[…] Fortunately, the reports of the death of nuclear arms control are not only premature, they seem to miss the point. Arms control has been used to varying degrees of success for over 50 years. Even during the darkest days of the Cold War, Americans and Russians managed to continue strategic stability discussions (the late 1960s and the mid-1980s being good examples). Leaders in Washington and Moscow knew they had no other choice and understood the magnitude of what was at stake. That sober wisdom seems lost on today’s leaders, who have spent far more time on dangerous posturing and rhetoric than on productive discussions.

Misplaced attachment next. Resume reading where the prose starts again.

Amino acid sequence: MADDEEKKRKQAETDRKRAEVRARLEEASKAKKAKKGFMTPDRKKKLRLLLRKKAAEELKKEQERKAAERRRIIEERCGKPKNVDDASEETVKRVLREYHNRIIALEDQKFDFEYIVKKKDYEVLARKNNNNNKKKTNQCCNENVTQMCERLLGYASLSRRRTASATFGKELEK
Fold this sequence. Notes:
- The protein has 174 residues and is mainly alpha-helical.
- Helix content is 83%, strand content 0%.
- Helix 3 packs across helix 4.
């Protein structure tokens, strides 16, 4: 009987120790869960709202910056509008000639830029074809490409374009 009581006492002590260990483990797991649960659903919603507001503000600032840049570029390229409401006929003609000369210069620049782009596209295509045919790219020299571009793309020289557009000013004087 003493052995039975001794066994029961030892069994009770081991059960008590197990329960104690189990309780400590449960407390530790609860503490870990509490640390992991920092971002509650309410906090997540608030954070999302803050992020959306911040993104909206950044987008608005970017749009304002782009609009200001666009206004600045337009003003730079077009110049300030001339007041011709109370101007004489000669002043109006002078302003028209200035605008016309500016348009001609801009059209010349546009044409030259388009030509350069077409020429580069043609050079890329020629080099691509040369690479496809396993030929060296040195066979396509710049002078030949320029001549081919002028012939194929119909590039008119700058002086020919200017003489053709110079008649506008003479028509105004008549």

To be sure, previous methods of arms control, such as the intensive verification and counting systems of the Strategic Arms Reduction Treaty (START), might be less relevant today for some issues, but what is needed is an updated approach to arms control that accounts for today’s emerging technologies and threats, not a rejection of the concept entirely. Läs artikel